I am excited about the possibilities that these new tools and our new approach will bring to our language curriculum.  I am confidant that so long as I stay persistent, their confidence and thereby their fluency will improve dramatically.

howIteachhomeschool

The bloggers of iHN are sharing how they teach their children at home. Browse other topics in the link up, How I Teach, and find the posts that best suit your situation.

We Are Loving Discovering Chinese Pro

I am über-excited about the new Discovering Chinese Pro app by Better Chinese.  As most of my readers are aware, we have been using Better Chinese curricula for our Mandarin studies for years.  I even blog about our language learning endeavors for them.

Discovering Chinese Pro review

For the past several years, we have been using My First Chinese Reader and have been anxiously awaiting the release of an interactive iPad program. Discovering Chinese Pro is the answer. Easy to navigate, engaging animations, and a variety of practical language skill applications.

Each volume in Discovering Chinese Pro contains twelve lessons and each lesson begins with the goals outlined clearly.  Upon reading through the goals, each lesson begins with a short animation. The material is presented in several formats allowing students with different learning styles to choose the method that is best (with or without pinyin, with or without audio, and with or without English translations).  The student even has the choice to use simplified or traditional characters and can apply this option to specific words or the entire lesson.

Tabs across the top divide the lesson into sections that allow the learner to easily jump to the desired section:  Language Notes, Culture Points, Practice, Homework, and I Can.

Language Notes

The Language Notes section of each lesson introduces in more detail the new lesson vocabulary, additional required vocabulary, and proper nouns.  Here, the words are defined and the characters, pinyin, and parts of speech are shown.  Students can tap on an icon to hear each word spoken aloud. Within ‘Language Points’, students are shown how to combine different characters for phrases and example sentences can be heard. ‘Language Tips’ points out short cuts or more commonly used phrases.

Discovering Chinese Pro

Culture Points

True of all the lessons in the series, the tab Culture Points helps put the lesson vocabulary into historical and cultural context.  Here students are introduced to China with idioms and photographs – bringing the Chinese culture to life.  In anticipation of our trip to China, I had selected two lessons from Volume 2 to review, Lesson 19 “Shopping” and Lesson 24 “Trip to China”.  These tabs were very valuable to me, providing a better understanding of the culture of China.

Practice

The practice section is split into six parts – pinyin, characters, listening, reading, speaking, and writing.   In the pinyin section you can practice pronunciation of the four tones, pinyin identification, and pinyin dictation.  In the character writing section, several characters are introduced that correspond to the new vocabulary introduced in the lesson.  Here, students can see the story behind a Chinese character, watch the stroke order animation, and try it themselves.

The next four practice sections work on the students’ listening, speaking, reading (split into reading comprehension and reading challenge), and writing skills (split into grammar exercises and composition).  The activities and practice applications vary with each lesson – ensuring the students are engaged and have ample opportunity to practice their budding skills in varied contexts.  In the speaking section of Lesson 24 “Trip to China”, students were asked to interview a friend about his/her recent trip.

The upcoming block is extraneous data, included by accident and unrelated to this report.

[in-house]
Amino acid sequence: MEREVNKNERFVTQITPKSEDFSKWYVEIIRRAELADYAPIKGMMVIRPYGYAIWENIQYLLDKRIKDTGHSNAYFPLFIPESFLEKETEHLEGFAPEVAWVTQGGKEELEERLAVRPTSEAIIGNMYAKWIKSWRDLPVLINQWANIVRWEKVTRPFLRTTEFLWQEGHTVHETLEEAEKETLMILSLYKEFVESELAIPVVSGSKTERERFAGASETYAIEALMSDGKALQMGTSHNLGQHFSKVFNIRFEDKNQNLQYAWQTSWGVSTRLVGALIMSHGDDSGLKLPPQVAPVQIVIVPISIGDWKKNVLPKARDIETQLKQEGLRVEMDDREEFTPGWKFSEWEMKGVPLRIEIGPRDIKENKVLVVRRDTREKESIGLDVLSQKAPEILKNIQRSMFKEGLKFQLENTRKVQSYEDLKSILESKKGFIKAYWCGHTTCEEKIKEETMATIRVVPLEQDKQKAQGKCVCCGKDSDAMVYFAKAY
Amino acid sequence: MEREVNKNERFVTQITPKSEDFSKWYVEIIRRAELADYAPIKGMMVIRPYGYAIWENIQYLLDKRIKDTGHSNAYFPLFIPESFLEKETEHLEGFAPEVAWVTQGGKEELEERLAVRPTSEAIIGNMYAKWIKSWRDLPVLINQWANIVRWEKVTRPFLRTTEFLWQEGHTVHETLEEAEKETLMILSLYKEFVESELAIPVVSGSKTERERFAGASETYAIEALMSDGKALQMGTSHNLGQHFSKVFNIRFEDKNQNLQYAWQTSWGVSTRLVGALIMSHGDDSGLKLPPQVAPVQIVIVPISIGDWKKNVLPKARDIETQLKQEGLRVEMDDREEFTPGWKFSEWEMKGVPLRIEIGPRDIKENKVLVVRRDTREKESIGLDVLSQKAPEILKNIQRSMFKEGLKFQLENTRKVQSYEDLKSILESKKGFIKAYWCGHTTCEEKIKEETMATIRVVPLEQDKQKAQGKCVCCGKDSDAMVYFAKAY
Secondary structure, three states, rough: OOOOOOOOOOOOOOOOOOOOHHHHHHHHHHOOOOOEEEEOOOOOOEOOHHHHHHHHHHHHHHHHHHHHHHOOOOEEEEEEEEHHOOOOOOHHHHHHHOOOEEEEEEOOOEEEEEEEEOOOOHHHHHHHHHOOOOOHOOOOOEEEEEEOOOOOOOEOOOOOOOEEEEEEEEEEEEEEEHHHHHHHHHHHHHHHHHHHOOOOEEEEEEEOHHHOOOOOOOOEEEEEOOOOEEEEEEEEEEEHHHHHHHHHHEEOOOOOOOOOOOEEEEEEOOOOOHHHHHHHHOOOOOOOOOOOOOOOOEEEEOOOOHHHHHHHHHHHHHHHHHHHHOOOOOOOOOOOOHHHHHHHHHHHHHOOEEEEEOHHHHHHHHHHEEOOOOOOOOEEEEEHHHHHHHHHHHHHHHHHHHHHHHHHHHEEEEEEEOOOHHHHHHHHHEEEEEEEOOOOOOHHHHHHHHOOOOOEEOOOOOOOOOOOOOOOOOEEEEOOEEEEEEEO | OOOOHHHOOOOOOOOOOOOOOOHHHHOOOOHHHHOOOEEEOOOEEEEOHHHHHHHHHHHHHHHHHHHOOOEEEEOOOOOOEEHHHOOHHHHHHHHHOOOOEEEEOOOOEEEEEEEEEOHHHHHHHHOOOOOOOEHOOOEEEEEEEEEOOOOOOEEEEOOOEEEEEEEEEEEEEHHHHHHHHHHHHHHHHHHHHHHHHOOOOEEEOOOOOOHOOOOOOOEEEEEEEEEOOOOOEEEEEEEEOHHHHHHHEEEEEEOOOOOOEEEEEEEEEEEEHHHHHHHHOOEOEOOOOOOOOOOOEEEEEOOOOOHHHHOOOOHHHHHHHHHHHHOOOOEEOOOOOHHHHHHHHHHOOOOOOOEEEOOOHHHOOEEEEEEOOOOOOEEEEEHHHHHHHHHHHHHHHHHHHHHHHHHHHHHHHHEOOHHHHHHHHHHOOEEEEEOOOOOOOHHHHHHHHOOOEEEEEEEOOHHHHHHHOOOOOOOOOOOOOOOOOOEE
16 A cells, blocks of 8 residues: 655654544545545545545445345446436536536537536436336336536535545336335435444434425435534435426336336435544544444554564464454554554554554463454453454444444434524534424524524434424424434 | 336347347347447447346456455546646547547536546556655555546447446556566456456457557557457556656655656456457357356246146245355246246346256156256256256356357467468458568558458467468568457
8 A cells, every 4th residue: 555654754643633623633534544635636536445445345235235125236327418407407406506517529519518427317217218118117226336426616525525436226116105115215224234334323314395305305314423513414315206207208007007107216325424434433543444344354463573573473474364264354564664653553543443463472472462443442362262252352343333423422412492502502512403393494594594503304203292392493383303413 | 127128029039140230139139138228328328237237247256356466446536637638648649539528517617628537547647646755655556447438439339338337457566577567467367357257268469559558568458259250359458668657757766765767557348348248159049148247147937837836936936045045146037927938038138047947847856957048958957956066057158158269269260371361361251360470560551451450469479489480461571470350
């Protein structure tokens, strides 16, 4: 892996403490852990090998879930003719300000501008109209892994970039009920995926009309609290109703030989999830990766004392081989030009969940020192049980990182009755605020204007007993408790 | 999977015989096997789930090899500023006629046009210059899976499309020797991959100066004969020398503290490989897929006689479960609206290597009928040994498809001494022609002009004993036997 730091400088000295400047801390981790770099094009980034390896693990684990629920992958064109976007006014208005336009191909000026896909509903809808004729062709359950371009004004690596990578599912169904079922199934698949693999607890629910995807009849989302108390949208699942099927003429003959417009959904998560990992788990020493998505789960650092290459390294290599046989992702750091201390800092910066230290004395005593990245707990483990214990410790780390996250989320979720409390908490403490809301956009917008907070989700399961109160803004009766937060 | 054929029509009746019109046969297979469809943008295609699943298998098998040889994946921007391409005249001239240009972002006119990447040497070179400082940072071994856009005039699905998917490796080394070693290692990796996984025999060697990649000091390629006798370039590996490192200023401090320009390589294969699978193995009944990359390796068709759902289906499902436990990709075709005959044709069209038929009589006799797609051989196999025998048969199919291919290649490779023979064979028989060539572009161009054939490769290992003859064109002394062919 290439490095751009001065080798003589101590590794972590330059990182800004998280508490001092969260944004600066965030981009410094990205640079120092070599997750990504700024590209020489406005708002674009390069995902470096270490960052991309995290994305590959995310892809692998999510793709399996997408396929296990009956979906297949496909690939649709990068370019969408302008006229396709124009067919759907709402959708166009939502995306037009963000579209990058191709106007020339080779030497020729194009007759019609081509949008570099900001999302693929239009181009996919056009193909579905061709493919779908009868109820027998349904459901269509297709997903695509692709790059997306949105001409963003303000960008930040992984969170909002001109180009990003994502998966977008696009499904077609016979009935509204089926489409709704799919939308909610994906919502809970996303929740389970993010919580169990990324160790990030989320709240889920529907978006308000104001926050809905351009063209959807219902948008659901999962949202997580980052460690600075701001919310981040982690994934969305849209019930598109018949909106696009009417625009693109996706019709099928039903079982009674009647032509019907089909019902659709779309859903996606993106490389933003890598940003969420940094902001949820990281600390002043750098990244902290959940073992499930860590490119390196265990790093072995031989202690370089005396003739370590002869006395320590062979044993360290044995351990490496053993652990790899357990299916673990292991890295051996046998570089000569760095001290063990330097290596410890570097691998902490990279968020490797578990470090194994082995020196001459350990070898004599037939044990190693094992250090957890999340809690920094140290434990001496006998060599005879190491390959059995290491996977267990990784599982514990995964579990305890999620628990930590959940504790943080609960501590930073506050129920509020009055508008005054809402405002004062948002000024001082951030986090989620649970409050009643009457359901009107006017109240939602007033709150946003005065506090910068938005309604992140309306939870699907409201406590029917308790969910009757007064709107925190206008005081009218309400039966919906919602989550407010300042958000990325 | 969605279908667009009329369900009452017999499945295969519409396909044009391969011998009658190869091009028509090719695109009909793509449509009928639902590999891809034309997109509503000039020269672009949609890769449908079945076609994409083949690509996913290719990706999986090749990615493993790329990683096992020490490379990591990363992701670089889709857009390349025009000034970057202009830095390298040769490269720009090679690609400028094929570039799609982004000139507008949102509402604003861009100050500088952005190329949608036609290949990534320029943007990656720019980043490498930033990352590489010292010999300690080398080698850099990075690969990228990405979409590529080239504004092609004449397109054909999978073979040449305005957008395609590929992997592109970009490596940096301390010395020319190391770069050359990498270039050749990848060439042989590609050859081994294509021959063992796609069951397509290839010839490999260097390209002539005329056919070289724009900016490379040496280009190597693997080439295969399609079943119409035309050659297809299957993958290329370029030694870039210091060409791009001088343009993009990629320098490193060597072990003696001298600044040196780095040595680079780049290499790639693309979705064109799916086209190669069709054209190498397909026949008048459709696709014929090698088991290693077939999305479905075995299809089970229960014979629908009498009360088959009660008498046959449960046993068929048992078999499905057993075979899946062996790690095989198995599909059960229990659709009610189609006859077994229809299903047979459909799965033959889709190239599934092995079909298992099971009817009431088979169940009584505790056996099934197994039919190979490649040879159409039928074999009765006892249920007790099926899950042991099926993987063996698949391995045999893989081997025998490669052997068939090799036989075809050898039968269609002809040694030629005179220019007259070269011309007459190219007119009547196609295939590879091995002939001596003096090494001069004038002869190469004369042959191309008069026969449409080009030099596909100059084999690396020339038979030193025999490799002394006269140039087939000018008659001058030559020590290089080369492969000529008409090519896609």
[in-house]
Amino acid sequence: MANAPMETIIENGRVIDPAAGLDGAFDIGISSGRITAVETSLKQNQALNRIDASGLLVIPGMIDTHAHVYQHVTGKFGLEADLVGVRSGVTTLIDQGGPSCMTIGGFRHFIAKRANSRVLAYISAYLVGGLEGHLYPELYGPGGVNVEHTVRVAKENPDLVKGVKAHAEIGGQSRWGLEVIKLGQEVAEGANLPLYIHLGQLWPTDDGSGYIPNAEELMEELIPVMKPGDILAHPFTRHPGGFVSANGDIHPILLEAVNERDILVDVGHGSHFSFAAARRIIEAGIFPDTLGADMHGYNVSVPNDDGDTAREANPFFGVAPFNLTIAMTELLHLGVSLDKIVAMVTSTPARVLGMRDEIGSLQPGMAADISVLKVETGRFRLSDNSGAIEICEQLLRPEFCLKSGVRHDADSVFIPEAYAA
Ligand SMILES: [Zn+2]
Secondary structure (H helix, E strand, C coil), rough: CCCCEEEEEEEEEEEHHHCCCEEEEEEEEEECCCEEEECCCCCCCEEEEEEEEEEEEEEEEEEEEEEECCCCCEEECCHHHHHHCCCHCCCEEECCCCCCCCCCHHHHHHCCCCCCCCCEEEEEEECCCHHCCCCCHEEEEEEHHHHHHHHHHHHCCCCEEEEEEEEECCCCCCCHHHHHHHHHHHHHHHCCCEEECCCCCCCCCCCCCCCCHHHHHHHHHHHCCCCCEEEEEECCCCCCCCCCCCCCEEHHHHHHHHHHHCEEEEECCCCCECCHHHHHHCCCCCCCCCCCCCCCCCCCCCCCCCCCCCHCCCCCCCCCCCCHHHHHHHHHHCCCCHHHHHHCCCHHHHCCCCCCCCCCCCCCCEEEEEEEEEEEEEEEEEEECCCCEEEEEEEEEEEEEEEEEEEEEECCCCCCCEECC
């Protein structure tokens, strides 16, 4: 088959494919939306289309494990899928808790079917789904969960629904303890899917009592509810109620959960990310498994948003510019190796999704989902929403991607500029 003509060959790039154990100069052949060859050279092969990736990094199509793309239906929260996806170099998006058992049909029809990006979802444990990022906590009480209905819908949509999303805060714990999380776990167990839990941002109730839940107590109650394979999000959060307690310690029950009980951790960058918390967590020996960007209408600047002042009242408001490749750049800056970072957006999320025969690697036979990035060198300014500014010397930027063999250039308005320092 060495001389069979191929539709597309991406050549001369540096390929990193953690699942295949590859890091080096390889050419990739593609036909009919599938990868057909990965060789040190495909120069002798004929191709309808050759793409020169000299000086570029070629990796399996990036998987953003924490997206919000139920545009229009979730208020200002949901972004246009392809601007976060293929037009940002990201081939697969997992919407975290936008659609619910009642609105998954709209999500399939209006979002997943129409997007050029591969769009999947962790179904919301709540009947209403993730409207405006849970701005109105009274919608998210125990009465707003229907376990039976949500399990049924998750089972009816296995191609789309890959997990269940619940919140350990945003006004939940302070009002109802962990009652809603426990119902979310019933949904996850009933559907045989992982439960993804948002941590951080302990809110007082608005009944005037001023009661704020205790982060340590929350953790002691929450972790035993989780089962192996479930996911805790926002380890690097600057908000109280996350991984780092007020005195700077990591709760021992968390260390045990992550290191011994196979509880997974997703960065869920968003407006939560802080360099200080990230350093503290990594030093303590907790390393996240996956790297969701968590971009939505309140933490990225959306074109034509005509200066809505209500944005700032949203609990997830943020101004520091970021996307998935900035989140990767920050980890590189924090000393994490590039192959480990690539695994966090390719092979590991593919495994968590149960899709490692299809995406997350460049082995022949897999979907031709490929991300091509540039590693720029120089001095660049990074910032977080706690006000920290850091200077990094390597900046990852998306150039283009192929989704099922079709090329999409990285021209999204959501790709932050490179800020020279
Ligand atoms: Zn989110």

One of the things I liked best about the Practice section was the partner and group activities.  In Lesson 19 “Shopping”, students were asked to set up a flea market.  Working in small groups, they were to decide upon a name, what to sell, categorize the items, create an inventory, set prices, determine if bargaining is allowed, and finally create a poster.  In Lesson 24 “Trip to China”, students were asked to pick a destination from a list of overseas trips and to create an itinerary to potential customers. As a group assignment, tasks were to be divided between students (transportation, food, activities, etc.).  In both scenarios, the students were to present it to the class.

Homework

The homework section provides additional opportunities for the language learner to test his developing listening, reading, writing, and speaking skills.  The listening section has three dialogues. The reading section has two short passages with characters only, followed by a few comprehension questions.  The speaking section asked the student to record an oral narration of the lesson animation.  The writing section provides grammar practice whereby students follow a specific sentence structure or pattern as they compose sentences of their own.  In addition, a composition activity is provided that varies with each lesson. In Lesson 19 “Shopping”, the student was asked to compose an email response to a friend regarding what she bought at the store.

Each practice and homework section has a prompt box whereby the student can record their audio reply and/or type their composition.  If desired, images can even be added for a multi-media approach.  As I know even less Mandarin Chinese than the kids, I love that the students can email their tutor their work for review.

To learn more about Discovering Chinese Pro, visit the Better Chinese website.  You may also wish to watch their Discovering Chinese Pro Demonstration to see how to navigate this app more thoroughly.

 
I received the Discovering Chinese Pro app in exchange for an honest review. I am very pleased to be a part of the Better Chinese Blogging Team. All opinions are my own.  Please see my disclosure policy for more information.